Maintaining ties with alumni

Dylan O’Neill speaks to graduates of UCD and DCU to find out how they really feel about their respective alumni offices.

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The Union of Students in Ireland have reported that that there has been a 2% increase of student numbers year on year, which will continue for the next decade. Third level education is constantly heralded as a necessity for not only beginning, but succeeding in your chosen career field. But when we’re handed our degrees, is that the end of the “best years of our lives”? With many third level institutes funding departments to build and maintain relationships with their alumni, is it only the people who donate money to back to the college or university that benefit from this relationship?

 

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For former UCD students, the Alumni Relations department is dedicated to offering services specifically targeted at graduates. Some of these services include a readers card for alumni to gain access to all UCD libraries, as well as a course finder for past students who are considering continuing their studies. On top of that, Alumni Relations regularly host class reunion events as an opportunity to reminisce with old classmates and potentially network with others, who are well established in their respective fields. But do graduates feel the benefit of these services in practise?

O’Neill feels that while ‘gains you access to services such as the library which can be helpful if you’re doing exams for accountancy and don’t have access to a library in your workplace’, as a science graduate she has had ‘no need to contact alumni relations.’”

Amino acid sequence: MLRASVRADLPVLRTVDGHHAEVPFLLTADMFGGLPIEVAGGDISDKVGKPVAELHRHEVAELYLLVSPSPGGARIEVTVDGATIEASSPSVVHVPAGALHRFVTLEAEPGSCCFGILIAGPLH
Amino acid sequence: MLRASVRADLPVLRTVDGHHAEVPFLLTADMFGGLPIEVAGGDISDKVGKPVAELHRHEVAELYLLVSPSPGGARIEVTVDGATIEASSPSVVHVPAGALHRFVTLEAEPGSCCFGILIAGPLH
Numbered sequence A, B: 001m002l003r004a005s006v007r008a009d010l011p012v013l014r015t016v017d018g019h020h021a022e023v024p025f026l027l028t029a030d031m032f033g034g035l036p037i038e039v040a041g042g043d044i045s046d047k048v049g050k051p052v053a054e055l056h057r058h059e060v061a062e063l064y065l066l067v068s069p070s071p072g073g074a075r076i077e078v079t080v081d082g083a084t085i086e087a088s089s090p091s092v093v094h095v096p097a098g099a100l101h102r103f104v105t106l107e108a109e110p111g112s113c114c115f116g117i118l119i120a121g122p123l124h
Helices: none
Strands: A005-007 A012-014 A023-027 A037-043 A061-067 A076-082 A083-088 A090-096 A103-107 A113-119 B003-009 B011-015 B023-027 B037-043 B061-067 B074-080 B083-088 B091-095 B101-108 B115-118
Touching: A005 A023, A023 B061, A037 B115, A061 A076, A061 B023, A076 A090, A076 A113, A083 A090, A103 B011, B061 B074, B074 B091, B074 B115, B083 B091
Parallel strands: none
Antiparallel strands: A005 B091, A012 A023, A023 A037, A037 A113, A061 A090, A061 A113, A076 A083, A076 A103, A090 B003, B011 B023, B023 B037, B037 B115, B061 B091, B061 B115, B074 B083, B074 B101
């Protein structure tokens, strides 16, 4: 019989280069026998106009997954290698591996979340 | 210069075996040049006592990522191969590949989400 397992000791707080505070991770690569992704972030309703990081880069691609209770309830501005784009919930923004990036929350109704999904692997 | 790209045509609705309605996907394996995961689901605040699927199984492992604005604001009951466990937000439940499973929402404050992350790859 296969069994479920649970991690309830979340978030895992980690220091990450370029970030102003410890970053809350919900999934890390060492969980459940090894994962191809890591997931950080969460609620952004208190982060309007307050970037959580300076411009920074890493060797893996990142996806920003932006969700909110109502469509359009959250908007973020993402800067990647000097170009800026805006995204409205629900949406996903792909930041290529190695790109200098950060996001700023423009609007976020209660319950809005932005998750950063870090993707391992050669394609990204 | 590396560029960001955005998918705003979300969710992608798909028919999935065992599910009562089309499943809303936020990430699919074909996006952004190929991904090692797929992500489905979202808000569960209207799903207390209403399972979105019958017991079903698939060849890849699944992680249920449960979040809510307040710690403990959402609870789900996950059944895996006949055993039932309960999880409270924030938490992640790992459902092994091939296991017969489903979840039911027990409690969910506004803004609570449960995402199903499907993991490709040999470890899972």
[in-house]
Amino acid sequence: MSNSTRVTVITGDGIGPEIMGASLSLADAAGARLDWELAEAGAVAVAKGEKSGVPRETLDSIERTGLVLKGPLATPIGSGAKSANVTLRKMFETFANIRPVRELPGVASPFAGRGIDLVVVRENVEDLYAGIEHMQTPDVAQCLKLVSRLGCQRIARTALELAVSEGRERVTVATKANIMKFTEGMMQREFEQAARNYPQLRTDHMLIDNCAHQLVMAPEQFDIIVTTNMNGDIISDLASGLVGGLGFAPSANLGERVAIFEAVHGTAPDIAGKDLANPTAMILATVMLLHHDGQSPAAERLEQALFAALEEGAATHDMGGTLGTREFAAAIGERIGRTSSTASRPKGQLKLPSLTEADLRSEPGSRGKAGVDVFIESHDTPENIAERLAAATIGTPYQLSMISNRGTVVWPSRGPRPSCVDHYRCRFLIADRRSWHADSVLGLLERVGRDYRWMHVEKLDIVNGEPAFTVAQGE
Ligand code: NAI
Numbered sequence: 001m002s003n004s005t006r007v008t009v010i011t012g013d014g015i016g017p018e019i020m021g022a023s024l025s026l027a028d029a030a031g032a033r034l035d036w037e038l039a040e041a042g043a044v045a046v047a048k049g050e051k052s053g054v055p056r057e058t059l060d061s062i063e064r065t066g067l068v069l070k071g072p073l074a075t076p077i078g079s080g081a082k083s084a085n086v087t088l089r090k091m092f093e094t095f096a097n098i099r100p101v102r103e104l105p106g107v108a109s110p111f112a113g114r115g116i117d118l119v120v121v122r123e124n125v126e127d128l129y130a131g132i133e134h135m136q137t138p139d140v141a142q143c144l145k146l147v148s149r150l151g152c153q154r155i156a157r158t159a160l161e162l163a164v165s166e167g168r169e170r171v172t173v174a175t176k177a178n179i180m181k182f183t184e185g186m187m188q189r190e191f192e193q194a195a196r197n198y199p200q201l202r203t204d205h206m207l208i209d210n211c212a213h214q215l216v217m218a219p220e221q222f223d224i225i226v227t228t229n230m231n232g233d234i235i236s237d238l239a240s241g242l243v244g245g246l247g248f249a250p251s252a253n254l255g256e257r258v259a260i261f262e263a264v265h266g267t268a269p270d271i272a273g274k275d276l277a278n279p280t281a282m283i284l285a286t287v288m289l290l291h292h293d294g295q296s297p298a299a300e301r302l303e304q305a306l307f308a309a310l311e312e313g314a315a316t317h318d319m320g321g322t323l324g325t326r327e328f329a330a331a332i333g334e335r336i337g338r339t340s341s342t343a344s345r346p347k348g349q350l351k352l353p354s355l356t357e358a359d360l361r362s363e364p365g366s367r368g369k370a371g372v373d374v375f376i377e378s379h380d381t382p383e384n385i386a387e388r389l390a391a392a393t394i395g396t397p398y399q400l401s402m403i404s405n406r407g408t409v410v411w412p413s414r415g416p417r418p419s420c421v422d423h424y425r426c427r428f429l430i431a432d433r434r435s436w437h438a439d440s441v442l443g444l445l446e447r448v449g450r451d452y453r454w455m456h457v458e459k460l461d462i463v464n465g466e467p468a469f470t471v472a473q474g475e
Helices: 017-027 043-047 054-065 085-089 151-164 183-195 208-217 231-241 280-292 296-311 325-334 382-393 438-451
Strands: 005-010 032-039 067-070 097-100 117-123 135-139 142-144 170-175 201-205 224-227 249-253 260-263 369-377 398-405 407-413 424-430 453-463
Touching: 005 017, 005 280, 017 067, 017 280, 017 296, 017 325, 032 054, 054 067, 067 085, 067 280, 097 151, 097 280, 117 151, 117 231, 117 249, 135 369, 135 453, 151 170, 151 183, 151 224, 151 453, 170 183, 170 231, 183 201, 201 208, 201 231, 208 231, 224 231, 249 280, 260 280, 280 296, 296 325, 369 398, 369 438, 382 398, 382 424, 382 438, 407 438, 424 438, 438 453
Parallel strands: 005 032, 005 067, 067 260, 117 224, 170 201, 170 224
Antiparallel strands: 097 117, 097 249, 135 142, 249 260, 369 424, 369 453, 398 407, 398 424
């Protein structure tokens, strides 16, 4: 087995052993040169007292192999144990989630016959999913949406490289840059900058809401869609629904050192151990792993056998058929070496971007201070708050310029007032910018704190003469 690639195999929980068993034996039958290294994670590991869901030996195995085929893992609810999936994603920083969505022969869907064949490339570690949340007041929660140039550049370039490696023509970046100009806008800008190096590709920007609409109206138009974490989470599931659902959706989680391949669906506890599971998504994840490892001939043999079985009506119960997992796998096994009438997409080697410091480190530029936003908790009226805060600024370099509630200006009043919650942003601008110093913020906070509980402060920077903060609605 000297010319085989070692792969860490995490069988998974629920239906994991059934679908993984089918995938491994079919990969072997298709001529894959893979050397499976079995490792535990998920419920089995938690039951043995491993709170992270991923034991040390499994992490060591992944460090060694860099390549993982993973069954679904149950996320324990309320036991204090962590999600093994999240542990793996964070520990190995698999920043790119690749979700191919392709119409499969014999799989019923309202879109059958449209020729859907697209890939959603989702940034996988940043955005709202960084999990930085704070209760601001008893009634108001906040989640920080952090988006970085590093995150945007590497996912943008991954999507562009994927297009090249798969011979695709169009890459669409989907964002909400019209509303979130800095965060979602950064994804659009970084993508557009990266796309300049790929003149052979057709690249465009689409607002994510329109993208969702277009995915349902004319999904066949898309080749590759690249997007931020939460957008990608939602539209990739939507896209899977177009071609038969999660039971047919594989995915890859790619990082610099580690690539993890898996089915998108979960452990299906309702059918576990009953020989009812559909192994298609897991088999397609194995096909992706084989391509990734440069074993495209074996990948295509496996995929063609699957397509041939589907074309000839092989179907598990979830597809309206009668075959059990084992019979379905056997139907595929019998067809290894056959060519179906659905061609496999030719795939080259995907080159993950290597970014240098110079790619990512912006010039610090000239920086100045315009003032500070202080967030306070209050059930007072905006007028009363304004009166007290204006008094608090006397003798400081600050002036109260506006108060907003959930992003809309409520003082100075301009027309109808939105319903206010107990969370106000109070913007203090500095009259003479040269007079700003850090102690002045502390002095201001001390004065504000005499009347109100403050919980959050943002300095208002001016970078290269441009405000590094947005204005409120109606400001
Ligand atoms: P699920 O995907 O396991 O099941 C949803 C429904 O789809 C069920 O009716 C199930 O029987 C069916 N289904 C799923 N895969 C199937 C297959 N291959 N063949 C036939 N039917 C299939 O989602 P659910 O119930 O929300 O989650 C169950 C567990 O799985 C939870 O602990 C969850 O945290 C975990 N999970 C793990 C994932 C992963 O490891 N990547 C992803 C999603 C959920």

Recent UCD alumna, Rachel O’Neill, graduated with a B.Sc Neuroscience in 2017. Having only graduated last year, O’Neill feels that while access to services such as the library can be helpful if you’re doing exams for accountancy and don’t have access to a library in your workplace, as a science graduate she has had “no need to contact alumni relations.” However, O’Neill acknowledges that “if I needed them for something related to my career then absolutely” she would work with the alumni relations office in the future.

UCD Alumni relations have a strong presence on campus with it’s reunion events being covered online and with the circulation of their publication UCD Connections, graduates receive regular emails that include the upcoming events and notifications of when the next issue is out.”

UCD Alumni relations have a strong presence on campus with it’s reunion events being covered online and with the circulation of their publication UCD Connections. Graduates also receive regular emails that include the upcoming events and notifications of when the next issue is out. How well-received is this by graduates? O’Neill feels that “they give off the impression” that there should be a strong emphasis placed on maintaining connections between UCD and alumni. “I have a pretty low affinity for UCD as a college which doesn’t incentivise me to maintain relations with them. I’d like to think I have good relationships with many of the people in my course even if I don’t see them as much as I’d like to.”